Christmas is coming, whether you like it or not. [Full disclosure: I don't like Xmas at all.] And this year, Christmas coincides with Chanukah. So in good news, I don't have to be annoyed at the "Oh yeah, happy Chanukah!" wishes two weeks after Chanukah ends. That's something, right?
There are many ways to handle this time of the year, but this is what I do. (Assuming I am visiting my family. If I'm not, Xmas is just another day. But I might get some awesome presents in the mail!)
Children seem to respond well to the analogy of family Christmas celebrations being like someone else's birthday party. You can to go to the party, help them celebrate, bring gifts for them, and you get really awesome party favors (gifts).
In a way, that's how I approach it. I don't join my family at church, but I can eat my kosher dinner while they eat their Xmas dinner. I get Chanukah presents from my family, but I also get Xmas presents. (I suspect they split their intended gifts in half, but I've never asked.) Very thoughtfully, they avoid using obviously-Xmas wrapping paper for my gifts. I also avoid Xmas-y wrapping paper on the gifts I wrap for my family.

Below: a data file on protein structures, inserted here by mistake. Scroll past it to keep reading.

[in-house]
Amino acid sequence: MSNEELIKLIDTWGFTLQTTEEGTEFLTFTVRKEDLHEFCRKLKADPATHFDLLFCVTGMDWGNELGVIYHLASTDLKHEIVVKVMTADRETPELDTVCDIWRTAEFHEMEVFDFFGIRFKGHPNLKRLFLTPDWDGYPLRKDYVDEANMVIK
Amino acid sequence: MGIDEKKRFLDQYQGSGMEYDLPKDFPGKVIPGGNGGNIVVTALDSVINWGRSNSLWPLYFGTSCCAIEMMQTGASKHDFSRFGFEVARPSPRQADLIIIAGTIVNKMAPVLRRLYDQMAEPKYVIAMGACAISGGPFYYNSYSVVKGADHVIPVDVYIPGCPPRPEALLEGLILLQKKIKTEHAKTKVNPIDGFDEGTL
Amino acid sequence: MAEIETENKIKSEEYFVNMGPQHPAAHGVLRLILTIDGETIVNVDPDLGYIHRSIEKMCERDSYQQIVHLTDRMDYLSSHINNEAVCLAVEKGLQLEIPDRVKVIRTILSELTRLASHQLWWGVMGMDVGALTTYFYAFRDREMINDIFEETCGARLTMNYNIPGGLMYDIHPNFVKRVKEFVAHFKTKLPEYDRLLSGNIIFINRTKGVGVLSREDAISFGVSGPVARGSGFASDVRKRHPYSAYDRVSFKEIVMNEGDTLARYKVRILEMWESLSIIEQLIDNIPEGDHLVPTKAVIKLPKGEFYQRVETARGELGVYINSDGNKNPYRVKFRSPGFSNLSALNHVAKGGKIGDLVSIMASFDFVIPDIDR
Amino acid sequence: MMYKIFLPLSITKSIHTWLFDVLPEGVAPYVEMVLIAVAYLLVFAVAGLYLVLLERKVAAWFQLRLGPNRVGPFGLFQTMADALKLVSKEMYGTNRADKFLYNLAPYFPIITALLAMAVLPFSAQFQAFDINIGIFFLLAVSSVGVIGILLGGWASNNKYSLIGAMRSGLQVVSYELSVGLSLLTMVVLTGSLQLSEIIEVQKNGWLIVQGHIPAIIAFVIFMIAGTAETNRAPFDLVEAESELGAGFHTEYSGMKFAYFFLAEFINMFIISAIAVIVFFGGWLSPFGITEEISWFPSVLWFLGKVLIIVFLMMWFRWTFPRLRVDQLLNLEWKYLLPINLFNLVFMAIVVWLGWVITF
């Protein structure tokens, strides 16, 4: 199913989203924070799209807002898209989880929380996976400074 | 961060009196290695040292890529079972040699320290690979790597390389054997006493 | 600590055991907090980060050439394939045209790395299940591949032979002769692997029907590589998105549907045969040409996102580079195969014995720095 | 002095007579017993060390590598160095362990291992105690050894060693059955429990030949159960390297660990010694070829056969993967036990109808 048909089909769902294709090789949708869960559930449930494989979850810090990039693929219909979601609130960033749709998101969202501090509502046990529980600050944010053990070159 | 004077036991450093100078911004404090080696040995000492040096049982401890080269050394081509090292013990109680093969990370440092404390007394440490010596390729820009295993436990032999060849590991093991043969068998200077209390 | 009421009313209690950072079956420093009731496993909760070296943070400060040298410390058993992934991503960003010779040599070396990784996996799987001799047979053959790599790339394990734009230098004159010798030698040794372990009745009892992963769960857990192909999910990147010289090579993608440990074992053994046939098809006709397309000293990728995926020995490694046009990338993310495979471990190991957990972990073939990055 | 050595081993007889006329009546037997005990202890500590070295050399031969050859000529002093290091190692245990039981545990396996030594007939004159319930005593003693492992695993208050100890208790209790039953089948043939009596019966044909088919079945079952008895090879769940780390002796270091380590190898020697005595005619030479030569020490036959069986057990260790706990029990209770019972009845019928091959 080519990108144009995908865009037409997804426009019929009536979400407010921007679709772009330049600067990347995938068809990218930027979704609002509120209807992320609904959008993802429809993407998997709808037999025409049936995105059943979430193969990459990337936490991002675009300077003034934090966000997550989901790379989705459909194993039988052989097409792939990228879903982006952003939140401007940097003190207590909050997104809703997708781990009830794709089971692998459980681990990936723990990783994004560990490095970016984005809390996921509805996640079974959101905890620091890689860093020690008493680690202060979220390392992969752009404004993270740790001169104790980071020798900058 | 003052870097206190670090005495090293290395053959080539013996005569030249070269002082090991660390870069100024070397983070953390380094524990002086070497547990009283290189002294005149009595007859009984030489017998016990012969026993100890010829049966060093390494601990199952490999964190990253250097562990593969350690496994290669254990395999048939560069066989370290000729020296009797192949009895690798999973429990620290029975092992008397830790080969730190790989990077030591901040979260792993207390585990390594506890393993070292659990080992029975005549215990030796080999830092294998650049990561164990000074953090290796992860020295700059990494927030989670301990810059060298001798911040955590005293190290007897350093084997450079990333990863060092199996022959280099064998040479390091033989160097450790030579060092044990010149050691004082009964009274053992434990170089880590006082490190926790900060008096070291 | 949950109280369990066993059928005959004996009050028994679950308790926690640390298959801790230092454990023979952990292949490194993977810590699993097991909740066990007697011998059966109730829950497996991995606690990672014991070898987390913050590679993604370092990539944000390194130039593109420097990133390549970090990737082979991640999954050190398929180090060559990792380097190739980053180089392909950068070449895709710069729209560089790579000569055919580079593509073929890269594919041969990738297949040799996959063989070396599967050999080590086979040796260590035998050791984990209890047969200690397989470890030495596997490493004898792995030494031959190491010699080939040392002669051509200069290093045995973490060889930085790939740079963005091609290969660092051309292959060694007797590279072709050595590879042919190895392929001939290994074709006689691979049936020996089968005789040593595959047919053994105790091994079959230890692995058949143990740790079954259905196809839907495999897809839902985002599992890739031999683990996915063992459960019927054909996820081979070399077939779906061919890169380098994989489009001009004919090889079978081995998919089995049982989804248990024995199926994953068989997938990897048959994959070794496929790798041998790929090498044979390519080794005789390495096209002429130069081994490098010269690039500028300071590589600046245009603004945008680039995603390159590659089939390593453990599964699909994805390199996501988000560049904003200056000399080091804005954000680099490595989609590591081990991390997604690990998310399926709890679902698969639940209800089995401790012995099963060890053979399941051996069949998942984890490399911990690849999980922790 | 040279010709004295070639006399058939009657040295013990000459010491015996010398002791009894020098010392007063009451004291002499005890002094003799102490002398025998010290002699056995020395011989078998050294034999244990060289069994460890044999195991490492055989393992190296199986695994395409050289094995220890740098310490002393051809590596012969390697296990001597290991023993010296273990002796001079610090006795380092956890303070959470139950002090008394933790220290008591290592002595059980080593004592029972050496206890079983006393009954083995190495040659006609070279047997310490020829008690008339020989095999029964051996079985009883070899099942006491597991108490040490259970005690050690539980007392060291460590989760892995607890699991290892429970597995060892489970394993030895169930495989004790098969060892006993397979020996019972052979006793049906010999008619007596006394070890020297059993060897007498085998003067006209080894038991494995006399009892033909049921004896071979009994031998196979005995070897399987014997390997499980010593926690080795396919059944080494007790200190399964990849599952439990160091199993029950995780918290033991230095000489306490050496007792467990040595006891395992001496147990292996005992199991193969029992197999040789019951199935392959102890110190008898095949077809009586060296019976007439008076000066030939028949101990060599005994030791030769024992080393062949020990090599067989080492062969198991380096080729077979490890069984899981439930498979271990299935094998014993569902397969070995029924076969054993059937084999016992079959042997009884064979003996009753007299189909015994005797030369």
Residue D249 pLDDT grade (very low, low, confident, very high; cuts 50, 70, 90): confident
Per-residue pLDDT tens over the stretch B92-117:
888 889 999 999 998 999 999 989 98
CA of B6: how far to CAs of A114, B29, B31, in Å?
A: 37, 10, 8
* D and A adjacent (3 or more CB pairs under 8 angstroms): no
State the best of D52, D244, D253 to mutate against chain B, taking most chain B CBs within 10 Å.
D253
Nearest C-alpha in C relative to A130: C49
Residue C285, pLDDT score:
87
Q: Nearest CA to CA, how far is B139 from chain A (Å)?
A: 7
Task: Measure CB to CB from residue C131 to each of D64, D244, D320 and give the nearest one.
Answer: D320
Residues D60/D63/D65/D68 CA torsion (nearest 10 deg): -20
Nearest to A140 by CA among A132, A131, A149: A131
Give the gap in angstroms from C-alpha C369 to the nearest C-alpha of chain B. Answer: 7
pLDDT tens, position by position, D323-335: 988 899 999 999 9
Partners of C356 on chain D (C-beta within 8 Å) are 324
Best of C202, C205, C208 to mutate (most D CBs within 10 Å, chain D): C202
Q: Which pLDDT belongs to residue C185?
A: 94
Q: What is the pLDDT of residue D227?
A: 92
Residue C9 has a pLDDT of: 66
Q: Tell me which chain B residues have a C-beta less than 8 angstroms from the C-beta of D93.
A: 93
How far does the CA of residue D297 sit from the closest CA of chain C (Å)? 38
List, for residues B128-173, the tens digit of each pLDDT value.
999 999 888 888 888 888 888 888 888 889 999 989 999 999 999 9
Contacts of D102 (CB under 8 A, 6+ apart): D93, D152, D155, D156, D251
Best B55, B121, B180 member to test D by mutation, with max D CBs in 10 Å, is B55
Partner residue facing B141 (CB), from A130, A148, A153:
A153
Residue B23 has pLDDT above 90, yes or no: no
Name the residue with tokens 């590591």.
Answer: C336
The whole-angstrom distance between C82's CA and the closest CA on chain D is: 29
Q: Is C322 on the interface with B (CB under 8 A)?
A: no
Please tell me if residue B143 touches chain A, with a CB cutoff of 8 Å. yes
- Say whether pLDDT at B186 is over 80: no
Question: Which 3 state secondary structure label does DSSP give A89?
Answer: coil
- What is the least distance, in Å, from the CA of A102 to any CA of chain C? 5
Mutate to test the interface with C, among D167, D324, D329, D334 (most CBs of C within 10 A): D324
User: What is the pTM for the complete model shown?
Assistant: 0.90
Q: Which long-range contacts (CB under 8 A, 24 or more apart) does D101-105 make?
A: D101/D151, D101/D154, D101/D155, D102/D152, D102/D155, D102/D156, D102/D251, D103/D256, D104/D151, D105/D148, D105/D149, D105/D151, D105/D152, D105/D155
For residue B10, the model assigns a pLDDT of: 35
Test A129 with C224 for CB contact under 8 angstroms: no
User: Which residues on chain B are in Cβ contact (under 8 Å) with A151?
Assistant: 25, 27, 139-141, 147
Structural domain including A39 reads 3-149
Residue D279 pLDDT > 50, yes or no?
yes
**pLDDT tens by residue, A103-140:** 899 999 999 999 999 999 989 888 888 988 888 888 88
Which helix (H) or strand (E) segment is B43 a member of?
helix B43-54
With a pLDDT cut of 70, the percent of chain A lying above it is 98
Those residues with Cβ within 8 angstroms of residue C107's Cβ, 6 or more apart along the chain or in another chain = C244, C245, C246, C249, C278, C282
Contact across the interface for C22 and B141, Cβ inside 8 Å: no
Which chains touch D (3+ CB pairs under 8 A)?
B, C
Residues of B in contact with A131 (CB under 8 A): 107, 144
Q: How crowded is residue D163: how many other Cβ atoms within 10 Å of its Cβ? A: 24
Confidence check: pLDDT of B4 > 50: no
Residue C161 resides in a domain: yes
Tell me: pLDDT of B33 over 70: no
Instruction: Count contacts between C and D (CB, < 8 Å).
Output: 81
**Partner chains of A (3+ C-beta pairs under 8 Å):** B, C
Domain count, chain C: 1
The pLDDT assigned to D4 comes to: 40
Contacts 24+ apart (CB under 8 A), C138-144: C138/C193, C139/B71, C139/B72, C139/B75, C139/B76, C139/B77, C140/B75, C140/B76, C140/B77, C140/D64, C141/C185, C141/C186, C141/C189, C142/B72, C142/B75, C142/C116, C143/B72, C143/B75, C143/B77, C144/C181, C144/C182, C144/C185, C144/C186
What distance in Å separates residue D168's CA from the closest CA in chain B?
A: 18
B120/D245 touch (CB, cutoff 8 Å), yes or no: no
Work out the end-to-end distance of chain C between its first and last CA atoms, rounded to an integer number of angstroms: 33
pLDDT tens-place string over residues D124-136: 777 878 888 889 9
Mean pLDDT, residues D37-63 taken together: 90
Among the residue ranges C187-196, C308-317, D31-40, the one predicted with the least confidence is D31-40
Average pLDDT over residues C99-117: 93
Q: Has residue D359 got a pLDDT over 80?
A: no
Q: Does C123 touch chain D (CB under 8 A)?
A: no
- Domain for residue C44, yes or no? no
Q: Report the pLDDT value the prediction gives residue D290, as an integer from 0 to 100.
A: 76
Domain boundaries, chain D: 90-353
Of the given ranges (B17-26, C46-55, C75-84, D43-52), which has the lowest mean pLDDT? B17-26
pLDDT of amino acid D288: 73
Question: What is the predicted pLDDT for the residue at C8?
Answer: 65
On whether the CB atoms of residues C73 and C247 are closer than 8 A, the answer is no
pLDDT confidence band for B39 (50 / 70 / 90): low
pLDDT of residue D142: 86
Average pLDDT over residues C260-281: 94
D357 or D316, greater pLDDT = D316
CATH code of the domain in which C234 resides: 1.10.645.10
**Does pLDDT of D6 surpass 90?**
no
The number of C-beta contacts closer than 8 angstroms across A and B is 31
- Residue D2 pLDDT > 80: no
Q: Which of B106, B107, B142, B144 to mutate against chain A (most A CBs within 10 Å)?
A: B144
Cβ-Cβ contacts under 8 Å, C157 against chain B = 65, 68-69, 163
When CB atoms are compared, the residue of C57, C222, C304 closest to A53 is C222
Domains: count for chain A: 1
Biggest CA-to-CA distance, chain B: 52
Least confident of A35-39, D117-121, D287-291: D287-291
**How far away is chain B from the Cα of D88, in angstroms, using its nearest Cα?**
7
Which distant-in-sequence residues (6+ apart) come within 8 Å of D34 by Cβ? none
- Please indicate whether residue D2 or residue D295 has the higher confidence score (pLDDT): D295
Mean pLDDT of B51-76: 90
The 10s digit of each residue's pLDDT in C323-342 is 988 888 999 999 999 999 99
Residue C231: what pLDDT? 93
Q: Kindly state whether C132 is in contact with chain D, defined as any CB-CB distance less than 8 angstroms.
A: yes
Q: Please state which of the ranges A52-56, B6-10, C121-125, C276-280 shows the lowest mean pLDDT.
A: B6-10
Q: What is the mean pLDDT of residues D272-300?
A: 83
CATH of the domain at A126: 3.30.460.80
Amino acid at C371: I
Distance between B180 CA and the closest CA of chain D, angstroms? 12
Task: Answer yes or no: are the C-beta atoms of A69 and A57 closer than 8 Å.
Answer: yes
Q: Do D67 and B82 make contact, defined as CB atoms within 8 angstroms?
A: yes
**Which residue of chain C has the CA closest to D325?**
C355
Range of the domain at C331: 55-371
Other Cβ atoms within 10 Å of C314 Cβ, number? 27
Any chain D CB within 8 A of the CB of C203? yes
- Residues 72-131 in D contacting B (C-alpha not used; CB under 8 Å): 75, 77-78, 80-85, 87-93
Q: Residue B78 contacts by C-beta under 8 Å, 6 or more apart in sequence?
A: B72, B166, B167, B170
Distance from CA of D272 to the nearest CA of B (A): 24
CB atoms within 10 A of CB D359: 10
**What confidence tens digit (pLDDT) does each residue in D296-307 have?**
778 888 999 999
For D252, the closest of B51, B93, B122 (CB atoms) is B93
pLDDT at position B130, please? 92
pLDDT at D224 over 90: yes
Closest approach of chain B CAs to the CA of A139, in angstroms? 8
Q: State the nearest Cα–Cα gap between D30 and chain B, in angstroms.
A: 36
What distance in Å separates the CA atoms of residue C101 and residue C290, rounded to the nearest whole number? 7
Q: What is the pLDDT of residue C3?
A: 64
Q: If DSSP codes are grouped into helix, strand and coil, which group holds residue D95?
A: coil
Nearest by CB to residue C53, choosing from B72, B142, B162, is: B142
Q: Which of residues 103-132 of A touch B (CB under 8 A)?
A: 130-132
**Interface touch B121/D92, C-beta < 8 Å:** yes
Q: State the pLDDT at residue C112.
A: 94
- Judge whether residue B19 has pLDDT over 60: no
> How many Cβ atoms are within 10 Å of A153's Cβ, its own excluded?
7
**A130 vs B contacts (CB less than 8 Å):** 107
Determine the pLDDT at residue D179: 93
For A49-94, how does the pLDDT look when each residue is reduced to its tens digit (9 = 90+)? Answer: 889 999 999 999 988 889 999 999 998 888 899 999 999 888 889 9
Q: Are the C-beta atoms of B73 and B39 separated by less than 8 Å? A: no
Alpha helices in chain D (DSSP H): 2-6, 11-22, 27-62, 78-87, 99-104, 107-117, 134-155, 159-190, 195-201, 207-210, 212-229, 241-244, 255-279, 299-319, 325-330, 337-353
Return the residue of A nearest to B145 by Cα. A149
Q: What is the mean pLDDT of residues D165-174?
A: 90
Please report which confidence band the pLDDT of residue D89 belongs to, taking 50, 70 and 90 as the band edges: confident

Really, I feel like a spectator who occasionally interacts with the celebrations. However, my family of birth never took Xmas very seriously, but my Xmas-loving stepfamily entered my life when I was already the old age of 19. They take Christmas very seriously, and the Norman Rockwell experience is alien to me. In many ways, I think this makes it easier for me to take a back seat role in the house this time of year. I can lurk in the background without upsetting old family traditions because there aren't any traditions that involve me.
The key, in my opinion, is to set clear ground rules. Know what you are comfortable with, and don't compromise. If something makes you uncomfortable, be clear about it...without being a jerk. Be patient, explain clearly, and listen to whatever the reaction is. Acknowledge it respectfully, then move on.
So what's your plan?
Whatever you decide to do (if anything), now is the time to decide. Don't wait until December 20th to decide whether you will spend time with your Christmas-celebrating family members and what the "ground rules" for that time will be.
For more "holiday" reading, I suggest what I wrote last year: Chanukah: That Time of Year When Everyone Knows Something About Judaism.